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pie floater

Doesn’t that photo of a pie floater just make your mouth water? Tender beef chunks in a rich gravy, encased in golden, flaky pastry, up-ended in a steaming hot bowl of hearty green pea soup. Optional condiments, often applied liberally, include tomato sauce, vinegar or Worcestershire sauce.

There’s nothing I like better than devouring a hot pie floater, before stumbling home half-cut after the footy on a freezing cold Saturday night in July. And that’s precisely what I did several weeks back.

pie cart north terrace
The North Terrace pie cart in 1982. Source: The Advertiser

OK, I guess you’re right, it DOES look like an unappetising floating object, half-submerged in a bowl of inedible green gruel, believe me when I say that its unsophisticated appearance belies its delectability.

The Pie Floater returns to Adelaide’s streets

Lovers of Adelaide’s most famous culinary contribution to society, the pie floater (or just ‘floater’ according to some traditionalists), are rejoicing with the recent return of the iconic pie cart (provided by local pie maker Vili’s) to the Adelaide Railway Station on football match days.

Once again, Adelaideans can partake of our most famous of kerbside delicacies, at our most egalitarian of eateries. There’s no need for etiquette: tradition dictates that pie floaters must be eaten whilst standing up, one hand cradling the bowl, while the other works a single spoon-like utensil.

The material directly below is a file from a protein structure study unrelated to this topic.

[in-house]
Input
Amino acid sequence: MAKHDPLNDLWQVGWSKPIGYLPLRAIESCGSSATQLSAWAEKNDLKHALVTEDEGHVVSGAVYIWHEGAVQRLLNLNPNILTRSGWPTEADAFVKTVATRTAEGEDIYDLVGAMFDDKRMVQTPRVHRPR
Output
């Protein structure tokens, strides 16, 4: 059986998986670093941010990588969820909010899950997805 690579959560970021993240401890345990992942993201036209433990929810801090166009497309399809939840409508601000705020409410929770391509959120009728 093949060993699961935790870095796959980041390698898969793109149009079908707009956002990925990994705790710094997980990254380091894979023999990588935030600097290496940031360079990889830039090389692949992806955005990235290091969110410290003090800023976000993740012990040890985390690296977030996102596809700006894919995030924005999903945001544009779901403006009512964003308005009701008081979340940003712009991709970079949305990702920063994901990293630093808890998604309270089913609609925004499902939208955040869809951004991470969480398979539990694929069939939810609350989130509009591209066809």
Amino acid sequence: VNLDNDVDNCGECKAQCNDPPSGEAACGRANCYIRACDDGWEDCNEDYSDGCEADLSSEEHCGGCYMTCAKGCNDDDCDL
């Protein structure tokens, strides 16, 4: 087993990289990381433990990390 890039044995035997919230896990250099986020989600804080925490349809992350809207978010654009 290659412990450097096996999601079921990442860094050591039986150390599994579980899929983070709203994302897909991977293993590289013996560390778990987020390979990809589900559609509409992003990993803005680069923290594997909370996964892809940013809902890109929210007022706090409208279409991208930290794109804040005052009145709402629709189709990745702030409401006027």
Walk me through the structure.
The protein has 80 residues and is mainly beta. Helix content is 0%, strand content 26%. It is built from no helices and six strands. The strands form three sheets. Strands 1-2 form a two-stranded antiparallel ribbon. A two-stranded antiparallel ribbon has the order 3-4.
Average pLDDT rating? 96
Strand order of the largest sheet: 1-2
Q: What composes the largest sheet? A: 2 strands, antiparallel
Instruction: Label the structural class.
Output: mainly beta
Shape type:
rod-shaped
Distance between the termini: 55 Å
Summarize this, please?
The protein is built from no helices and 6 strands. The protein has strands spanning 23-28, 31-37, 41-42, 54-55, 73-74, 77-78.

In 2003, the National Trust of Australia recognised the pie floater as a South Australian Heritage Icon. The origin of the dish is attributed to our very British roots, where ‘pea and pie supper’ and ‘floaters’ (dumplings in soup) are recognised as traditional Yorkshire dishes. Several sources suggest that the South Australian pie floater was first sold at the turn of the century by a Port Pirie baker, Ern ‘Shorty’ Bradley, who operated an evening coffee stall advertising ‘floaters’ for theatre-goers.

Pie floaters have traditionally been doled out from city and metropolitan horse and hand-drawn pie carts and vans, which were a fixture of the city of Adelaide as far back as the 1870s. The CBD supported up to 13 pie carts in the 1880s, suggesting that Adelaideans were partial to a pie, there was dearth of alternative cuisines, and the city centre was awash with inebriated people.

The dwindling availability of the Pie Floater

In recent times, however, purveyors of the pie floater have dwindled. The pie carts became less common and in 1958, the city was served by just two carts – the Cowley’s pie cart in Victoria Square outside the Adelaide General Post Office; and the Balfours pie cart on North Terrace outside the Adelaide Railway Station. The last surviving regular pie cart, the Cowley’s cart, closed in 2010. The Balfours cart on North Terrace was forced to close in 2007 when the Glenelg tram was extended past the railway station.

pie cart adelaide's first